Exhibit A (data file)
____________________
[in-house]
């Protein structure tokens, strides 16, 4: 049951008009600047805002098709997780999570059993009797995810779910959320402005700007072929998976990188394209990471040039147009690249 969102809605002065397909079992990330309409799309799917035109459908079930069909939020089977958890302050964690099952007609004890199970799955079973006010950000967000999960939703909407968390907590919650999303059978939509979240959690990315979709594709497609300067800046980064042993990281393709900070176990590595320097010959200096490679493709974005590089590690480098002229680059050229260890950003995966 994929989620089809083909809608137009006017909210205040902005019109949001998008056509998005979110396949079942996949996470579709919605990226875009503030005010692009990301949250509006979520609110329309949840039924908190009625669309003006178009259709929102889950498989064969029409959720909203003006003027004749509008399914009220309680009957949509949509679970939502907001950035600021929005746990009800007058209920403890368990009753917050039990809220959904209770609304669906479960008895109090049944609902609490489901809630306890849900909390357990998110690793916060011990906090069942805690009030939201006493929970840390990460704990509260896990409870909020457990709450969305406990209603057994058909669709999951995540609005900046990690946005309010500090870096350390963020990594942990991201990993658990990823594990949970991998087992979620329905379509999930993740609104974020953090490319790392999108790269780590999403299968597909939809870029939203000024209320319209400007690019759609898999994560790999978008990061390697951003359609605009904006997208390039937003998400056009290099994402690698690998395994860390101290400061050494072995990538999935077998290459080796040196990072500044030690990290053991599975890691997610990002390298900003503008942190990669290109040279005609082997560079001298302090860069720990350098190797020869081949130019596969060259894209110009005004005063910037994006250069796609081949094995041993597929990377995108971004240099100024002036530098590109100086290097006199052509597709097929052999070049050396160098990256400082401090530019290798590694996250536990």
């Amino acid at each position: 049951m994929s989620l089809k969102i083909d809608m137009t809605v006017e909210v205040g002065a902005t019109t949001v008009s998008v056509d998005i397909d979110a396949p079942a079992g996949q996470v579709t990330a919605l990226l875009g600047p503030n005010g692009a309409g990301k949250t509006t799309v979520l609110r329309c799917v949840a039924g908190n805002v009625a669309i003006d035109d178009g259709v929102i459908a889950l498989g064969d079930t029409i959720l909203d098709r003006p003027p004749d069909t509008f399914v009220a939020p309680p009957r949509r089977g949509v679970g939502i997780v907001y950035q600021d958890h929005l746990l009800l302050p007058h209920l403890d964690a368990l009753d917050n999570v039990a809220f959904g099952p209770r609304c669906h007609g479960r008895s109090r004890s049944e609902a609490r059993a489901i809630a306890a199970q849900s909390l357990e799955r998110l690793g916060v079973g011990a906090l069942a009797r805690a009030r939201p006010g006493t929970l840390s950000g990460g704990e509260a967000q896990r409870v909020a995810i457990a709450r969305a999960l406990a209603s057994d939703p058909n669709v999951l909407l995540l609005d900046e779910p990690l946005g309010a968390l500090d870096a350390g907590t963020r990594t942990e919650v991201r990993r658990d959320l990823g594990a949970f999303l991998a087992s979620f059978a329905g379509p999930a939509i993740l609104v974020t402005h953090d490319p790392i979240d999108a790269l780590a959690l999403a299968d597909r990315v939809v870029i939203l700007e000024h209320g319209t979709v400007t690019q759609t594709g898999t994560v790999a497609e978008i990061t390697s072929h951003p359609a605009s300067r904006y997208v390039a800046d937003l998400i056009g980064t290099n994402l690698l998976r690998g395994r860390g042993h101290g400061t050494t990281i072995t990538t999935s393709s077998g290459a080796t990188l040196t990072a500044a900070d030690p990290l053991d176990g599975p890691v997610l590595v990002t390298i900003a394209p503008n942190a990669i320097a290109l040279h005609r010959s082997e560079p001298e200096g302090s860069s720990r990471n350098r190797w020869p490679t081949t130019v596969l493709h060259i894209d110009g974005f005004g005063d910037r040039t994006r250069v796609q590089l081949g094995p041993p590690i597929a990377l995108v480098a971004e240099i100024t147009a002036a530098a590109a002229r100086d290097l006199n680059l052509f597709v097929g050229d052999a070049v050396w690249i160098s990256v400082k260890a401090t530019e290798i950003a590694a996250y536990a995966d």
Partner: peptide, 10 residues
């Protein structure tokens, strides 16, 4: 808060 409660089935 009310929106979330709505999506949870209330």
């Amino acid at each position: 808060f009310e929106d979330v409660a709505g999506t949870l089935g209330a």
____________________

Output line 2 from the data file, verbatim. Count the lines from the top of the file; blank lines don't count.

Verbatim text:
């Protein structure tokens, strides 16, 4: 049951008009600047805002098709997780999570059993009797995810779910959320402005700007072929998976990188394209990471040039147009690249 969102809605002065397909079992990330309409799309799917035109459908079930069909939020089977958890302050964690099952007609004890199970799955079973006010950000967000999960939703909407968390907590919650999303059978939509979240959690990315979709594709497609300067800046980064042993990281393709900070176990590595320097010959200096490679493709974005590089590690480098002229680059050229260890950003995966 994929989620089809083909809608137009006017909210205040902005019109949001998008056509998005979110396949079942996949996470579709919605990226875009503030005010692009990301949250509006979520609110329309949840039924908190009625669309003006178009259709929102889950498989064969029409959720909203003006003027004749509008399914009220309680009957949509949509679970939502907001950035600021929005746990009800007058209920403890368990009753917050039990809220959904209770609304669906479960008895109090049944609902609490489901809630306890849900909390357990998110690793916060011990906090069942805690009030939201006493929970840390990460704990509260896990409870909020457990709450969305406990209603057994058909669709999951995540609005900046990690946005309010500090870096350390963020990594942990991201990993658990990823594990949970991998087992979620329905379509999930993740609104974020953090490319790392999108790269780590999403299968597909939809870029939203000024209320319209400007690019759609898999994560790999978008990061390697951003359609605009904006997208390039937003998400056009290099994402690698690998395994860390101290400061050494072995990538999935077998290459080796040196990072500044030690990290053991599975890691997610990002390298900003503008942190990669290109040279005609082997560079001298302090860069720990350098190797020869081949130019596969060259894209110009005004005063910037994006250069796609081949094995041993597929990377995108971004240099100024002036530098590109100086290097006199052509597709097929052999070049050396160098990256400082401090530019290798590694996250536990």